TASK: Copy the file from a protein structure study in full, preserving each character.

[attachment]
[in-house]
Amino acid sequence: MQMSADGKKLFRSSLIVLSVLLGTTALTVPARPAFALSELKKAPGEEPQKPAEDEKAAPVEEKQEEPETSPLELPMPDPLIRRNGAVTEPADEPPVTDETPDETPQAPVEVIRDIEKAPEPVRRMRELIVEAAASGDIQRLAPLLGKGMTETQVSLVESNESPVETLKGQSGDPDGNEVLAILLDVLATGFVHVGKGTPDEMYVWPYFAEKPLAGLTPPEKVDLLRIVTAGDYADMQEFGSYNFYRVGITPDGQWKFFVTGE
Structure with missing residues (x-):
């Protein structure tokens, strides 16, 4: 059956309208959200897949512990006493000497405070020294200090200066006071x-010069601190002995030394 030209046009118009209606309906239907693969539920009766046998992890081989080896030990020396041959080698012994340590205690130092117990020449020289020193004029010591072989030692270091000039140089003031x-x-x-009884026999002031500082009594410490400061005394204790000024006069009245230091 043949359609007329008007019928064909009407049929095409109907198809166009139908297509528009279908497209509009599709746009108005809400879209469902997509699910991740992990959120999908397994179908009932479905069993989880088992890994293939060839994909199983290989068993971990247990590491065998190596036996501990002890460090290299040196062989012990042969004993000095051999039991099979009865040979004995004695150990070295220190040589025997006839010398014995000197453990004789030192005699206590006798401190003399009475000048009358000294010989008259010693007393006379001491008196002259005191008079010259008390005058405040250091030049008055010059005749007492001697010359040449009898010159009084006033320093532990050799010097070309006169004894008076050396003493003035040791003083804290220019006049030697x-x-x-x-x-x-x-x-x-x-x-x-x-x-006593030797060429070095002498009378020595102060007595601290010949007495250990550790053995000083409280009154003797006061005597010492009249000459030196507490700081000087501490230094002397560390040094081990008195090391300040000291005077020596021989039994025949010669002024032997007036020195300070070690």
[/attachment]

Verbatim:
[in-house]
Amino acid sequence: MQMSADGKKLFRSSLIVLSVLLGTTALTVPARPAFALSELKKAPGEEPQKPAEDEKAAPVEEKQEEPETSPLELPMPDPLIRRNGAVTEPADEPPVTDETPDETPQAPVEVIRDIEKAPEPVRRMRELIVEAAASGDIQRLAPLLGKGMTETQVSLVESNESPVETLKGQSGDPDGNEVLAILLDVLATGFVHVGKGTPDEMYVWPYFAEKPLAGLTPPEKVDLLRIVTAGDYADMQEFGSYNFYRVGITPDGQWKFFVTGE
Structure with missing residues (x-):
């Protein structure tokens, strides 16, 4: 059956309208959200897949512990006493000497405070020294200090200066006071x-010069601190002995030394 030209046009118009209606309906239907693969539920009766046998992890081989080896030990020396041959080698012994340590205690130092117990020449020289020193004029010591072989030692270091000039140089003031x-x-x-009884026999002031500082009594410490400061005394204790000024006069009245230091 043949359609007329008007019928064909009407049929095409109907198809166009139908297509528009279908497209509009599709746009108005809400879209469902997509699910991740992990959120999908397994179908009932479905069993989880088992890994293939060839994909199983290989068993971990247990590491065998190596036996501990002890460090290299040196062989012990042969004993000095051999039991099979009865040979004995004695150990070295220190040589025997006839010398014995000197453990004789030192005699206590006798401190003399009475000048009358000294010989008259010693007393006379001491008196002259005191008079010259008390005058405040250091030049008055010059005749007492001697010359040449009898010159009084006033320093532990050799010097070309006169004894008076050396003493003035040791003083804290220019006049030697x-x-x-x-x-x-x-x-x-x-x-x-x-x-006593030797060429070095002498009378020595102060007595601290010949007495250990550790053995000083409280009154003797006061005597010492009249000459030196507490700081000087501490230094002397560390040094081990008195090391300040000291005077020596021989039994025949010669002024032997007036020195300070070690």